These interactions and unexpected conversations are one of the things I miss most about a “normal” school year.

      Liked by 1 person

  5. Oh my goodness, what a profound question to be asked and what a profound experience to share with a student. I think your answer was perfect because it was from the heart, not a canned rehearsed answer, and vulnerable. If kids can see us modeling those aspects in real time, in real life?! What a gift. ❤️

    Liked by 1 person

  6. As a non-parent, as much as I can offer up and the copout answer would be we want what they want. What the yearn for What the invest their time in. Happiness and safety are givens, but the reason that is such a tough question is because there is no wrong answer.

    Joshua C

    Liked by 1 person

  7. Perfect moment of the day to slice. A moment that caused you to stop in your tracks and think about. Well chosen. I like the connection your student was going for but probably didn’t even know it. Glad you were there to stumble for him, (shows we are human) and give it some ponderance for yourself.

    Liked by 1 person

  8. I think what you gave was an honest answer, not some prerecorded spiel that was just spouting off words. I think this made an impression on this student and on you as well.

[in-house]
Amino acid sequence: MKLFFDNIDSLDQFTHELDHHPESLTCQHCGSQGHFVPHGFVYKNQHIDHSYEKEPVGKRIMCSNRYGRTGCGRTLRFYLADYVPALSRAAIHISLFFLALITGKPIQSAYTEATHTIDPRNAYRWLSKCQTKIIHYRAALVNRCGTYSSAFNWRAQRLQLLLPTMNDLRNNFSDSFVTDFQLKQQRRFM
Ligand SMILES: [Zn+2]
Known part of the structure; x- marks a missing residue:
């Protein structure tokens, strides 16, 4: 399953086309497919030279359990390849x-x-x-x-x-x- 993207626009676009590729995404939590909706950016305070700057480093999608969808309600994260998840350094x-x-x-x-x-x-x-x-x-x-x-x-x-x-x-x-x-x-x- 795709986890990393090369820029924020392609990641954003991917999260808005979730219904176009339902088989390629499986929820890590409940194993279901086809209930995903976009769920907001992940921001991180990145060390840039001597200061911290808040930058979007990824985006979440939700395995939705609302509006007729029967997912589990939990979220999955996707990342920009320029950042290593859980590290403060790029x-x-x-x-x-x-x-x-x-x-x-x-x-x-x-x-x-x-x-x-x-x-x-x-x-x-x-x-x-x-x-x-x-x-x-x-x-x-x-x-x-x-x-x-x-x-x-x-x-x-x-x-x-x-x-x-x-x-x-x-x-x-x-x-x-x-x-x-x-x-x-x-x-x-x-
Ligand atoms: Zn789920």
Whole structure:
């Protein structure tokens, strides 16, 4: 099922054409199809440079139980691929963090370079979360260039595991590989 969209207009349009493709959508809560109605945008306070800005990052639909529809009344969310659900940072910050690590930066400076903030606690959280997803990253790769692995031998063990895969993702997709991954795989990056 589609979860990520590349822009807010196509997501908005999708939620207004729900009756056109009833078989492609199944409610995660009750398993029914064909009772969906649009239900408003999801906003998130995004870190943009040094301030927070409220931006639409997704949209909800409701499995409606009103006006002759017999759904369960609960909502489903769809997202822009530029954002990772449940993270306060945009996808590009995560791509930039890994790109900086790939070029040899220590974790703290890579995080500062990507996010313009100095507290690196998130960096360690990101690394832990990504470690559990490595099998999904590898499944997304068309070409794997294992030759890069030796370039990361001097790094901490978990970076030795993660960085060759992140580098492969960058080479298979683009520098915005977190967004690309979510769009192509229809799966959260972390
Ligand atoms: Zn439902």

Liked by 1 person

  9. Wow! What a difficult question this student asked you! Actually, I think you want different things for your children as they grow. And, maybe, even different things for each of them – I realized that each of my boys (now 26, 21, and 19) all needed a different mother (meaning a different approach). Of course, I want them to all be happy, know joy, feel loved, and be productive members of society. But, I want one to know a sense of confidence and self-worth, another to feel a sense of community support as well as acknowledgment for his contributions, and my third to stay humble as he reaches for fame as an artist. The Tim McGraw song says it well, “always stay humble and kind….” I think you’ll be fine Britt, know that there is not any one right answer for this question, and the answer might change through the years. Take care.

    Liked by 1 person